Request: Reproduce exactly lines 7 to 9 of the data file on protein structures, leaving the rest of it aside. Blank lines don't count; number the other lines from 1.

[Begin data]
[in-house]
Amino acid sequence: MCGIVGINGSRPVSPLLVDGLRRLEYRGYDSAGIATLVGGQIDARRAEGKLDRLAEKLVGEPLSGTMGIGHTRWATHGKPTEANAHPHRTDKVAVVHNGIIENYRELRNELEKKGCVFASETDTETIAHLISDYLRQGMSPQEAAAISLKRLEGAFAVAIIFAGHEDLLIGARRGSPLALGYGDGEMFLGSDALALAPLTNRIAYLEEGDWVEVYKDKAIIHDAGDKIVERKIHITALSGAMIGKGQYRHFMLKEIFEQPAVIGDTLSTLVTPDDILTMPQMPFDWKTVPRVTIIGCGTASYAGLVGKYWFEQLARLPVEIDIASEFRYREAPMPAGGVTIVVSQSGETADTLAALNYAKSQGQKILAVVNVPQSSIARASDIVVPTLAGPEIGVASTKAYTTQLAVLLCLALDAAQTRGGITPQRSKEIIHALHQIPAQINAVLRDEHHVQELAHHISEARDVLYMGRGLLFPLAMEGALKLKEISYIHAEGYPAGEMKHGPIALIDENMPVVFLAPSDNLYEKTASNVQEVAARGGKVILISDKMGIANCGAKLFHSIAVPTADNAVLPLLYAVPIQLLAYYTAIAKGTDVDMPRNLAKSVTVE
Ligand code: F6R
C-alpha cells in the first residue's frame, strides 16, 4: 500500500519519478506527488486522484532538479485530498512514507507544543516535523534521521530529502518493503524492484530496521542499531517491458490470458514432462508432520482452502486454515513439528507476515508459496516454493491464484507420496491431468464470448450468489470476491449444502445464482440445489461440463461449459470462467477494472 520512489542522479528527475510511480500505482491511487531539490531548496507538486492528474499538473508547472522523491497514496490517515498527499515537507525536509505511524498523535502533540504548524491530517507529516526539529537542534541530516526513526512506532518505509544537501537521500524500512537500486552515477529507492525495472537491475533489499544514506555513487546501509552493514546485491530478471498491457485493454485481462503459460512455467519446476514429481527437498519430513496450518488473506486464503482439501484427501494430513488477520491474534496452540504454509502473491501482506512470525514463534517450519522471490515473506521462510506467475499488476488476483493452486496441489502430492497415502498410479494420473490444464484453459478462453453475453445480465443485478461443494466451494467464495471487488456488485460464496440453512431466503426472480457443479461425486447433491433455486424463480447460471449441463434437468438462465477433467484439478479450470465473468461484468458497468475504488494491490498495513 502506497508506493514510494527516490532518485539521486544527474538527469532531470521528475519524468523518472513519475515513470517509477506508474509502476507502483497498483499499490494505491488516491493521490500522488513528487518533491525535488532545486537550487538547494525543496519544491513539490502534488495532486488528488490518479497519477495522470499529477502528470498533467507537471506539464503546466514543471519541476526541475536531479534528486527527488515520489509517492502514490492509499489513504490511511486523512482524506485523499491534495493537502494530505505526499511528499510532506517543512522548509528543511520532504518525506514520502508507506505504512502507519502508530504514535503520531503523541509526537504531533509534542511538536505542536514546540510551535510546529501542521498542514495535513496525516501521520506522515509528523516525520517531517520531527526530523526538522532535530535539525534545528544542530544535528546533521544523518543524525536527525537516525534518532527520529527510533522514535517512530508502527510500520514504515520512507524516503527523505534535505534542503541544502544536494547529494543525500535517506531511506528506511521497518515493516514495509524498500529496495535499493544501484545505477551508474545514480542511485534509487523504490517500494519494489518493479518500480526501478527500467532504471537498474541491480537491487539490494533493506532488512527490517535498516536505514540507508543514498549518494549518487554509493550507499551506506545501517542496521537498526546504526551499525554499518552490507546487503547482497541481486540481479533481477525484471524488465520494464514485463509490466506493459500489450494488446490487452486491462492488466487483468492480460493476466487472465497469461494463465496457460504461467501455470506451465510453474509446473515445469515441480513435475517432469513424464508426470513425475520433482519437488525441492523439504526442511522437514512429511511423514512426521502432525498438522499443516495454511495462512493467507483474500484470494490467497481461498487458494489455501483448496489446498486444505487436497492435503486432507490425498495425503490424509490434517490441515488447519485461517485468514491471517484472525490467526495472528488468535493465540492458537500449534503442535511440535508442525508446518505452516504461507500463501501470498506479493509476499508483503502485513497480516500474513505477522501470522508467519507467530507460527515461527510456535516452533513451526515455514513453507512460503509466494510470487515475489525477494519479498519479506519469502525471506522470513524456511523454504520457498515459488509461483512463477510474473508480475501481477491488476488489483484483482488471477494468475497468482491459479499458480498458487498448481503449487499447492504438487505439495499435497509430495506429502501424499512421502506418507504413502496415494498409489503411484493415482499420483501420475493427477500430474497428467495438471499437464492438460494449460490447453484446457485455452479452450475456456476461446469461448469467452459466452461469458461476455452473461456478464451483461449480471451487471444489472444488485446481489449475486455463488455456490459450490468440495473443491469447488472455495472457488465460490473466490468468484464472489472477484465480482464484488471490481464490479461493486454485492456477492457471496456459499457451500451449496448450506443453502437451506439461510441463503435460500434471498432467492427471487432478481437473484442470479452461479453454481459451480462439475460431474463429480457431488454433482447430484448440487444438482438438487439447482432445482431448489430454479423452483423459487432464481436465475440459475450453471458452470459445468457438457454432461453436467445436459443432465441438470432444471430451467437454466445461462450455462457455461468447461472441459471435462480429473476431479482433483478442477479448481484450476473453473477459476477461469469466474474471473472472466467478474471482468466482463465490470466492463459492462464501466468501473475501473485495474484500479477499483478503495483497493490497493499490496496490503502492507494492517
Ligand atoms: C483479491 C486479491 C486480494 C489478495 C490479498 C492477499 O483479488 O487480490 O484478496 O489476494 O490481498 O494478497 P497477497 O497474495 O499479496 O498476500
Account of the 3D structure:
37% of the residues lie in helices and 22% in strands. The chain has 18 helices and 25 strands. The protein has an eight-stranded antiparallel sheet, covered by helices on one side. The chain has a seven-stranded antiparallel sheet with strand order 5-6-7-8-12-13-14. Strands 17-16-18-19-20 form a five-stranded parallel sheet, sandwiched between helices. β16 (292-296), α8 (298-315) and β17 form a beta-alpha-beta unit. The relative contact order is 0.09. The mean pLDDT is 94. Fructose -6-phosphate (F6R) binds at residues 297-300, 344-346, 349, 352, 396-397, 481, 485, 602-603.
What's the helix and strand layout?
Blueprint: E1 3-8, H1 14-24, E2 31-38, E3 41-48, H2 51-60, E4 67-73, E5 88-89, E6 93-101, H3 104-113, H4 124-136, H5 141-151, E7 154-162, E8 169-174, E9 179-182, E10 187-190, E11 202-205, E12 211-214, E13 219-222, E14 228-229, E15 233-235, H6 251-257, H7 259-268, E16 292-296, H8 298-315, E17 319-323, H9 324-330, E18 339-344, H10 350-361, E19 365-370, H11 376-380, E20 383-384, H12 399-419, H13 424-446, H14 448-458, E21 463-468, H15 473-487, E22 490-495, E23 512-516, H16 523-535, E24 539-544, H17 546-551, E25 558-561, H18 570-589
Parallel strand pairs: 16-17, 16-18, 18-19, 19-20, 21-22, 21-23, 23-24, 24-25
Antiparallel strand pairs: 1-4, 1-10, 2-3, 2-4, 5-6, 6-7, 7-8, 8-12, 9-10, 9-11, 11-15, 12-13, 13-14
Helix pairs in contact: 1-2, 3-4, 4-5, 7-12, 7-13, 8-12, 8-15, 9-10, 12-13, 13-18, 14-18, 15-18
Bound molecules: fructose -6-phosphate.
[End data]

37% of the residues lie in helices and 22% in strands. The chain has 18 helices and 25 strands. The protein has an eight-stranded antiparallel sheet, covered by helices on one side. The chain has a seven-stranded antiparallel sheet with strand order 5-6-7-8-12-13-14. Strands 17-16-18-19-20 form a five-stranded parallel sheet, sandwiched between helices. β16 (292-296), α8 (298-315) and β17 form a beta-alpha-beta unit. The relative contact order is 0.09. The mean pLDDT is 94. Fructose -6-phosphate (F6R) binds at residues 297-300, 344-346, 349, 352, 396-397, 481, 485, 602-603.
What's the helix and strand layout?
Blueprint: E1 3-8, H1 14-24, E2 31-38, E3 41-48, H2 51-60, E4 67-73, E5 88-89, E6 93-101, H3 104-113, H4 124-136, H5 141-151, E7 154-162, E8 169-174, E9 179-182, E10 187-190, E11 202-205, E12 211-214, E13 219-222, E14 228-229, E15 233-235, H6 251-257, H7 259-268, E16 292-296, H8 298-315, E17 319-323, H9 324-330, E18 339-344, H10 350-361, E19 365-370, H11 376-380, E20 383-384, H12 399-419, H13 424-446, H14 448-458, E21 463-468, H15 473-487, E22 490-495, E23 512-516, H16 523-535, E24 539-544, H17 546-551, E25 558-561, H18 570-589